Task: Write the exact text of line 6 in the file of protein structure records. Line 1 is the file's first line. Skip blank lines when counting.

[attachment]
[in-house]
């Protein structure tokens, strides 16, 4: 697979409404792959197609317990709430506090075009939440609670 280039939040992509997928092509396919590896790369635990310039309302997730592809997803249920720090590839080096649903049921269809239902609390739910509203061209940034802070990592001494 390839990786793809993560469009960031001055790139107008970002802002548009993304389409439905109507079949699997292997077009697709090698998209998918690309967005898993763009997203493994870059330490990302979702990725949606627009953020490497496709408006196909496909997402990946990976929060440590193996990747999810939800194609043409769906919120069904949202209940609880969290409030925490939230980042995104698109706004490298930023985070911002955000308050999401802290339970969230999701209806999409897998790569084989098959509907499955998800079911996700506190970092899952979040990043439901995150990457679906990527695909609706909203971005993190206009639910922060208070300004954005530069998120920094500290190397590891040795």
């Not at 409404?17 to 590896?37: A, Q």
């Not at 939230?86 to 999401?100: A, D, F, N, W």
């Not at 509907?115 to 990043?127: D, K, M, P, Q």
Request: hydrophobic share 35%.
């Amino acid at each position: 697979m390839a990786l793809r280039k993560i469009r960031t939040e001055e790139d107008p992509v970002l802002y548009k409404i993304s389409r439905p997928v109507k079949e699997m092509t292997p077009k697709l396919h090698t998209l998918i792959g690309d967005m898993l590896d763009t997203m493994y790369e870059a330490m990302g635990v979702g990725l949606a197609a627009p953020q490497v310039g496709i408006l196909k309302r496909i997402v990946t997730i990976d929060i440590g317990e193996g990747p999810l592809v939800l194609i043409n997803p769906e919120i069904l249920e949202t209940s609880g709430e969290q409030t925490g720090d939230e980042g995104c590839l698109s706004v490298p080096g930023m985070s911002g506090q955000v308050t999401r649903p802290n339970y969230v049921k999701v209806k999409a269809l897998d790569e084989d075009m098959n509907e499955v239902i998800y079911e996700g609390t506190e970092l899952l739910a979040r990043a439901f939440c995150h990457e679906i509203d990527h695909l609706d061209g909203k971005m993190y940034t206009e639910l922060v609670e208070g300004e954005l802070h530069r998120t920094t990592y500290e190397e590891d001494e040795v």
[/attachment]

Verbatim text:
Request: hydrophobic share 35%.